People: Heather Chilton
Heather Chilton

Left to Right: Alex Baldwin, Sara Peacock, and Heather Chilton at the Allen Telescope Array, Har Creek Radio Observatory, CA, July.

Heather is a double major in geology and physics at CSU Fullerton, focusing on the application to planetary science. For the 2012 summer, and sponsored through the CAMPARE program, she worked with Dr. Cynthia Phillips at the SETI Institute researching Mars dark slope streaks to identify relationships and rates of fading for the features. This is her story.

That first day up at the SETI Institute was not my first time meeting my mentor. It wasn't even my second: A year prior, I had emailed Dr. Phillips about attending an Enceladus Meeting at the SI, which is where I first met her, and March 2012 I met her again at the Lunar and Planetary Science Conference, where we got to talk about possible summer research projects. By the first day I was ready to hit the ground running and super excited to work with someone researching exactly what I wanted to get into and who was awesome to interact with. In fact, not only my mentor, but the whole program up at SI blew my mind, and I will spend the rest of my life trying and driven to match such a summer.

SI put a high emphasis not just on the research, but in getting the interns involved and learning about related fields and meeting various scientists in different subject areas. The first week was almost entirely spent in talks, either ones given to the students from the SI scientists directly or through the two weekly colloquiums, one at SI and one at NASA AMES. Throughout the summer, we were encouraged to attend the two weekly talks, as well as the several conferences that took place in the area including SETIcon II, the Lunar Science Forum, and the Exoplanet meeting. Heather Chilton

Screenshot of data: spreadsheet of point locations, values and corrections in back, 1micron

Additionally, all the students were taken to Hat Creek Radio Observatory and Lassen Volcanic National Park for a week of hands-on science: We had two days of labs working on the Allen Telescope Array, two days doing geology and extremophile biology at Lassen and a free day to either hike or help at the Array. We got to interact with some of the top scientists in the field, research with them, then at the end of the day watch movies and play games together. Needless to say, the entire experience was incredible.

My research was a great compliment to all the other activities and talks I was getting involved with. I used MRO CRISM images, chosing a band that included the 1 micron wavelength to minimize atmospheric influences and did contrast comparisons of streaks over time. The entire process, from finding the programs I could use and identifying the one that would best work, locating sources for the CRISM images and their map locations, extablishing a method of taking data, determining how to organize and represent that data, and analyzing the results was exhilarating. Labs, and even research I had done before had always been carefully outlined and used only observation and comparitive data analysis with peers or professors, so what I was doing at SI was worlds above anything I had done before, and it made me incredibly proud and motivated going through the process. Heather Chilton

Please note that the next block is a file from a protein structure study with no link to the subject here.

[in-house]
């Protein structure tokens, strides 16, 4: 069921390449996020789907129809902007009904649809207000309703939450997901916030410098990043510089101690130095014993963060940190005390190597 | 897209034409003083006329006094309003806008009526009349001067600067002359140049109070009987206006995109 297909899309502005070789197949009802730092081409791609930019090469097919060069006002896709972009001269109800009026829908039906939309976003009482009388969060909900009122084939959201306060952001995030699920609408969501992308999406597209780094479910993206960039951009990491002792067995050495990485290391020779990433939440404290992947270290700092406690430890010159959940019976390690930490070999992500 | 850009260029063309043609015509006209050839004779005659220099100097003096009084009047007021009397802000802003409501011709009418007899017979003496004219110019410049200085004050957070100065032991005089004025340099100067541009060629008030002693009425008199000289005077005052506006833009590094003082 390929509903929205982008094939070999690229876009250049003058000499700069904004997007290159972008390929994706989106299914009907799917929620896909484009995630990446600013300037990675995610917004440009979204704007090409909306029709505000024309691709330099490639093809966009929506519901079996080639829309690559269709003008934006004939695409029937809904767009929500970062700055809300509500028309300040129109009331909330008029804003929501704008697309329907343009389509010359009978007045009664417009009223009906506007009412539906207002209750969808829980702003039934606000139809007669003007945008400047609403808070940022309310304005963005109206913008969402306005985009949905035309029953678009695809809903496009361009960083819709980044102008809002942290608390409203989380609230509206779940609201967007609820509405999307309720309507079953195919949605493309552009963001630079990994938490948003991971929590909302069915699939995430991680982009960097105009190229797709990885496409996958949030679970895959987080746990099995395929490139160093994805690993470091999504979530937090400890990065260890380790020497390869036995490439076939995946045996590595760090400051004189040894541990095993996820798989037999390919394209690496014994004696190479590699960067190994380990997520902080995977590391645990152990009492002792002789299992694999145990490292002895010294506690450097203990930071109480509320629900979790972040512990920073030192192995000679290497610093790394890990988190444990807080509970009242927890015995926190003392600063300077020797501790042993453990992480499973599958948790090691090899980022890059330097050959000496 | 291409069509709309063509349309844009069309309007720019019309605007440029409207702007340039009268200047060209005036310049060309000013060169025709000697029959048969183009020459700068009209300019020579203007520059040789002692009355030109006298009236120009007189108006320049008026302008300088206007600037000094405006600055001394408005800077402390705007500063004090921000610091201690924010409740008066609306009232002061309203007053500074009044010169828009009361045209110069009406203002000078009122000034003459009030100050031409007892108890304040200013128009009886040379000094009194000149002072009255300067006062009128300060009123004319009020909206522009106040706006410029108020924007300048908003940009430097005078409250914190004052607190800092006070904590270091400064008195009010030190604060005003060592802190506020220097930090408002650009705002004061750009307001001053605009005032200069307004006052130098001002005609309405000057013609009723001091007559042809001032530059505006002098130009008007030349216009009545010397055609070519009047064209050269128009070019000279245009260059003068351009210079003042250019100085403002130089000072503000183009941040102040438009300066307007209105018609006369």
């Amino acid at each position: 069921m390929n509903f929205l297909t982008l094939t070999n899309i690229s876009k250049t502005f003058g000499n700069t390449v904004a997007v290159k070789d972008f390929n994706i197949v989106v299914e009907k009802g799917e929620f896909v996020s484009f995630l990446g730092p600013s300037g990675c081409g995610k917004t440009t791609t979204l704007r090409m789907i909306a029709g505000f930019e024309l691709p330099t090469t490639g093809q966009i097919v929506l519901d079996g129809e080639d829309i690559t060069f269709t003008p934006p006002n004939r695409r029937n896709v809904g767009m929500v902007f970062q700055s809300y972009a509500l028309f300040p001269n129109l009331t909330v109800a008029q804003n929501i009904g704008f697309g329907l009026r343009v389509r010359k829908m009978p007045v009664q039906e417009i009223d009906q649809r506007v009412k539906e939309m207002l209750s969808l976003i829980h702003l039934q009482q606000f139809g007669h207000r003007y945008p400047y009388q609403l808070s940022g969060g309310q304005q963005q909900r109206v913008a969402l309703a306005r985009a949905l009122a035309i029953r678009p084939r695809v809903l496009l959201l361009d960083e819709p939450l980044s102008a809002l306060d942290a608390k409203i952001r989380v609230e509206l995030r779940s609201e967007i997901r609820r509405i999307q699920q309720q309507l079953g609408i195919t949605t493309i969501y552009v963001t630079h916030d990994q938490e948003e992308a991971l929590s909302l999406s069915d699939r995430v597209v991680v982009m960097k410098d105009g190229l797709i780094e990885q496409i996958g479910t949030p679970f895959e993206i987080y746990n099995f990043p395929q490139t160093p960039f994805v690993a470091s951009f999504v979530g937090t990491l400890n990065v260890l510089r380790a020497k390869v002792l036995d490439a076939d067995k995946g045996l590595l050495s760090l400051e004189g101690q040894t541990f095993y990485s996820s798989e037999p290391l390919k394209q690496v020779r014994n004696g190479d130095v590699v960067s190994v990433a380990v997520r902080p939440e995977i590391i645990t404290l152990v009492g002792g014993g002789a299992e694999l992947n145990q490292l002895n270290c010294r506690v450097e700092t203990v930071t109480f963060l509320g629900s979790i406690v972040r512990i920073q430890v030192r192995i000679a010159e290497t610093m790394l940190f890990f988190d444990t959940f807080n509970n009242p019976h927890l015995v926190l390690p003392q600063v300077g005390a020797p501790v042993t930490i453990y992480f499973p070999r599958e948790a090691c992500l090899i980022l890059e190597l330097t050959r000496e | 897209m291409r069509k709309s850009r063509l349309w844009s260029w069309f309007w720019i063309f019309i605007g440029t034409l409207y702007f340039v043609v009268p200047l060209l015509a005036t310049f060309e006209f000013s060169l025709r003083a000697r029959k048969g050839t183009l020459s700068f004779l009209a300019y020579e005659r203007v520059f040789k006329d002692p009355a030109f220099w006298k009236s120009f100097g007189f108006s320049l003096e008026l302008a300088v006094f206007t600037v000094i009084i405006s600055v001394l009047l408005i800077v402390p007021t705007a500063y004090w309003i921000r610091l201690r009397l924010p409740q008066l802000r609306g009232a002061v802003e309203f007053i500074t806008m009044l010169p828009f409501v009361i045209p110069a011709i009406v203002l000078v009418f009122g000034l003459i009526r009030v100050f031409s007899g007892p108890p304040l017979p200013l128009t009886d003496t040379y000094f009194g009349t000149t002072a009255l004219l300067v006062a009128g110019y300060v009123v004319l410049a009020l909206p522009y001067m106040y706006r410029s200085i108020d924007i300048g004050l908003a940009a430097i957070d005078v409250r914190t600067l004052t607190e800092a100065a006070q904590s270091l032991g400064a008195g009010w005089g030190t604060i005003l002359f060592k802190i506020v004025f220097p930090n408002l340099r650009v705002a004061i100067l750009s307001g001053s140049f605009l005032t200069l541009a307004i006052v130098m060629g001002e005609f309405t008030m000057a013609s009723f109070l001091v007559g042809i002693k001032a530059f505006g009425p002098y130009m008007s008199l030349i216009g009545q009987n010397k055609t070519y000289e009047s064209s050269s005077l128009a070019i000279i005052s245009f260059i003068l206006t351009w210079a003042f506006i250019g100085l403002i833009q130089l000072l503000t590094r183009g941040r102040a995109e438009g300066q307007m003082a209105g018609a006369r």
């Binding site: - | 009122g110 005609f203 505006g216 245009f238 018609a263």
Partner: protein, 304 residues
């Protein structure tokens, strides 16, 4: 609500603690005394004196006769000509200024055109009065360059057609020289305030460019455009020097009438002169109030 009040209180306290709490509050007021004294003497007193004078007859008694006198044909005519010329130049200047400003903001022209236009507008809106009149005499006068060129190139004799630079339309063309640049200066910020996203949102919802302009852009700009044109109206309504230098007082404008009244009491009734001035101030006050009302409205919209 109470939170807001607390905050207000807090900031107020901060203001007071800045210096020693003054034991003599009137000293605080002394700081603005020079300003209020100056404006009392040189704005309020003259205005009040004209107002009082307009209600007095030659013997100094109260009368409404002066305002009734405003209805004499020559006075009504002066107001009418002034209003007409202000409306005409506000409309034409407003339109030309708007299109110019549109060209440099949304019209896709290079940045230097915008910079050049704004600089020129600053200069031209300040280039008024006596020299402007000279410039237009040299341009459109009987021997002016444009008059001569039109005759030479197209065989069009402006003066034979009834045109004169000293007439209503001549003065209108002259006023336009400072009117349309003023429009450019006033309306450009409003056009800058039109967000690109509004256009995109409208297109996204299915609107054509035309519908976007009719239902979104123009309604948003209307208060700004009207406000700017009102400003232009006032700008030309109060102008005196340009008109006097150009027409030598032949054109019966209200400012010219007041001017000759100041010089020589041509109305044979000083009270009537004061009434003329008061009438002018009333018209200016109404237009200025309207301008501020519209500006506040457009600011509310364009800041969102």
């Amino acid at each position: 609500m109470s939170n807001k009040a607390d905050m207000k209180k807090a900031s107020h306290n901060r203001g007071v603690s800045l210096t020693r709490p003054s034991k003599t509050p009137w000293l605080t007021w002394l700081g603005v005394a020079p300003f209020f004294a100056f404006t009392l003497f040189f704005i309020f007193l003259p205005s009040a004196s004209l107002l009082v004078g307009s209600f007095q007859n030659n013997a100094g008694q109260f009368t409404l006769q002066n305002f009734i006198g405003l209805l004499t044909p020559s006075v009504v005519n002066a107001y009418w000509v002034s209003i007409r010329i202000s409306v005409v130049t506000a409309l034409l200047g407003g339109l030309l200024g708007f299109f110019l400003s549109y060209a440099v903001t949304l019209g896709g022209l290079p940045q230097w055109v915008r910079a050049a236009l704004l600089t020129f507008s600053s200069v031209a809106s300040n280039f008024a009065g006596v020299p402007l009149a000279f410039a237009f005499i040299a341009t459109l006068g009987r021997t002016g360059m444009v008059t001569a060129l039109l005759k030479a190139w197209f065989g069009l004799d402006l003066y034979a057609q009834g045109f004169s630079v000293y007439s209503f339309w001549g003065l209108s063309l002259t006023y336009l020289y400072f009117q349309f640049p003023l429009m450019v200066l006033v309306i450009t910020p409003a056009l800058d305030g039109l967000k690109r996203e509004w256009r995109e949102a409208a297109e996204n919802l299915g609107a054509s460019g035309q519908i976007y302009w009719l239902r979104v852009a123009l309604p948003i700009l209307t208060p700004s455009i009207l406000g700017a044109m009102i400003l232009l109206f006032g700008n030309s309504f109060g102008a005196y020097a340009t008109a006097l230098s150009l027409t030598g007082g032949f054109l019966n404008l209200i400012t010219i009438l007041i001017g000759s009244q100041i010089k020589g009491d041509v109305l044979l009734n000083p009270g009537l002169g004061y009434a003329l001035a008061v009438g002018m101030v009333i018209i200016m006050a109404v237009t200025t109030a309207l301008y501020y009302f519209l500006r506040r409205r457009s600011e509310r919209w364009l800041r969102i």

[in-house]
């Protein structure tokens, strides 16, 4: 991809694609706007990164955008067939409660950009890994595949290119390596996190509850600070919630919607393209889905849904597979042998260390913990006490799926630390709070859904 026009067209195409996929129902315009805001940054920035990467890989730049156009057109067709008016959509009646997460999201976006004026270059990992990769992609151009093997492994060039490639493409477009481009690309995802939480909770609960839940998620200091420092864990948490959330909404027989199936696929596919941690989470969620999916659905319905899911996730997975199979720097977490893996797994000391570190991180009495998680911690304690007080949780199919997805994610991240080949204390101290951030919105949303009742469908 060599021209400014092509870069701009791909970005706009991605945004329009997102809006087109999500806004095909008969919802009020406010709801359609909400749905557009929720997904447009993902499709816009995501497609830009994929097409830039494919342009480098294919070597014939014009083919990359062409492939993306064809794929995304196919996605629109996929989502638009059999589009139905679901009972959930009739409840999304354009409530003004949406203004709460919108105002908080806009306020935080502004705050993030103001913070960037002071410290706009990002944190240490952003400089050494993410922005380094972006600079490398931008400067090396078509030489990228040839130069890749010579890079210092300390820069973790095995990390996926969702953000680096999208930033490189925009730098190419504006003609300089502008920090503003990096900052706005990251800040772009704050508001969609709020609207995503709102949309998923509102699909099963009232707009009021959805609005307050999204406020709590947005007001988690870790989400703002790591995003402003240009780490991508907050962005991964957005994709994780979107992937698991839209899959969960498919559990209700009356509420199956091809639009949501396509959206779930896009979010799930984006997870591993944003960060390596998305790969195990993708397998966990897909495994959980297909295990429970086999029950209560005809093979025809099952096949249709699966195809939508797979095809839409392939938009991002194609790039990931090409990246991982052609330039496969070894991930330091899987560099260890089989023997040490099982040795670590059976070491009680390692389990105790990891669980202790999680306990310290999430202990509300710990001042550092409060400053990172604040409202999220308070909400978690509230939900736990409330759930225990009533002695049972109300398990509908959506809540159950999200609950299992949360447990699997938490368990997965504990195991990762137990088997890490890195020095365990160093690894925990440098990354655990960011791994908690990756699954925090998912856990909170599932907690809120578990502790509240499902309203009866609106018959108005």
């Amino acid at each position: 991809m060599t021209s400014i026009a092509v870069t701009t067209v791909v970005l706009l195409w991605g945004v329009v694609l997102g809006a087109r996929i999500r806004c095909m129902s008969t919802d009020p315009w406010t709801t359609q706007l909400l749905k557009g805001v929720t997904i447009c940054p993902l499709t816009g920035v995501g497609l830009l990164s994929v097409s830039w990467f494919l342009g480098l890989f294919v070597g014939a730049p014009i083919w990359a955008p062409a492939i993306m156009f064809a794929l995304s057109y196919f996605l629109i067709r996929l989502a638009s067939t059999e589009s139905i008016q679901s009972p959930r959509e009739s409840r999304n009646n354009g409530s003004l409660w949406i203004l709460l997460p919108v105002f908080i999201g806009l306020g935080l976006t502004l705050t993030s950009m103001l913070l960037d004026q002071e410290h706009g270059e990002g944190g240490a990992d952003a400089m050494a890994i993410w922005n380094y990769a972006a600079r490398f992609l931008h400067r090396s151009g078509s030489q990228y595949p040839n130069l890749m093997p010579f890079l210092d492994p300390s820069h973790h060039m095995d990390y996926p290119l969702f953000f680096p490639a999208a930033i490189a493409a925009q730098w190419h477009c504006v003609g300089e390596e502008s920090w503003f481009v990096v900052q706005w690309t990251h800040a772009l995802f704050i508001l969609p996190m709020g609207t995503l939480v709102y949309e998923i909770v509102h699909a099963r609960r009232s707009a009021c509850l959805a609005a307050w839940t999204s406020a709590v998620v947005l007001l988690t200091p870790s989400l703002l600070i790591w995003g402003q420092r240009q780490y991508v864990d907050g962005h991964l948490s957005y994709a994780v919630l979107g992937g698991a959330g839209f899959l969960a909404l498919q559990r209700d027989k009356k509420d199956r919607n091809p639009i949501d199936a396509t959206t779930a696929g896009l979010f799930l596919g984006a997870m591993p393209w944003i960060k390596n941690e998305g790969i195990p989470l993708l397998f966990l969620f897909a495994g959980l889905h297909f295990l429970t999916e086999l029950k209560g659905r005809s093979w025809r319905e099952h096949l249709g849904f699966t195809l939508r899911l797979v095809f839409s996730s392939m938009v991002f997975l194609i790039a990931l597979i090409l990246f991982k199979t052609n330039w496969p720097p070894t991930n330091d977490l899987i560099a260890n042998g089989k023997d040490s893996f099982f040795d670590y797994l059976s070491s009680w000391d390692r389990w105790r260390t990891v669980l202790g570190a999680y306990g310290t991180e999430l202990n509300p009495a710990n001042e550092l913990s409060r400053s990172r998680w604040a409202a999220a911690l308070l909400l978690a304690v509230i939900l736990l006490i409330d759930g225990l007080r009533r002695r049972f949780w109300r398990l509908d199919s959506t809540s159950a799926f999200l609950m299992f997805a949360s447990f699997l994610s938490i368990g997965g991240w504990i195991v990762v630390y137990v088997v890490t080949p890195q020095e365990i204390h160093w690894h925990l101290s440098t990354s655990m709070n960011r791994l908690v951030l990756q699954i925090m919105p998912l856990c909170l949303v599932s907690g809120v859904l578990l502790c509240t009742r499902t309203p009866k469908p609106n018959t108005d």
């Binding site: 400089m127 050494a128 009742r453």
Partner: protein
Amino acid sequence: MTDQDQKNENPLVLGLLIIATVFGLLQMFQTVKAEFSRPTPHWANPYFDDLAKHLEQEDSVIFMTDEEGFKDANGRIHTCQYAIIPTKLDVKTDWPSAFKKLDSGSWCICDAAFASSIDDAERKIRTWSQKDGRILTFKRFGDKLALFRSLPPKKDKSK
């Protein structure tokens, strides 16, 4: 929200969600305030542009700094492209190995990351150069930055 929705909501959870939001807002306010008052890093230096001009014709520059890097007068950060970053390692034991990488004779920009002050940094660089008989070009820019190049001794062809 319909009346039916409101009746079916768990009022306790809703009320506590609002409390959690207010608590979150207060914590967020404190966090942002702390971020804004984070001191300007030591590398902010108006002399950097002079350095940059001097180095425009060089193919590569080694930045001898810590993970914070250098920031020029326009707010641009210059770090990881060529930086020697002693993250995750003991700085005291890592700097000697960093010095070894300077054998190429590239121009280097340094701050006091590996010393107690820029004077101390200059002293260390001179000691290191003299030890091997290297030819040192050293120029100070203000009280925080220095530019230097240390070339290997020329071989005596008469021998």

SETI REU students + Curiosity, just before our Wednesday public 3-minute lightening talks, SETI Institute, August 8th.

The best was the last two weeks though. I had been running into some strange things in my data, so my mentor brought in another scientist who did related work and they decided there was no way to trust the data. It was no fault of my own, just a result of the process being more complicated and therefor the simplistic model and method we were using was under question. I ended up finding a way to verify, run an error analysis and, with my mentor, develope a more dynamic picture of the processes associated with Mars dark slope streaks. For me, that felt like the real science, not the going through the steps to reach a fargone conclusion but a moment of "well that's funny" and working out how and why. I have no other words that to say it was an incredible and inspiring summer. I hope that in sharing the above, some of that got across and you were able to taste a bit of the journey that was my summer. SI, Dr. Cynthia Phillips, but particularly CAMPARE, without which SETI would not have been able to accept as many students, including myself, have made all the difference.
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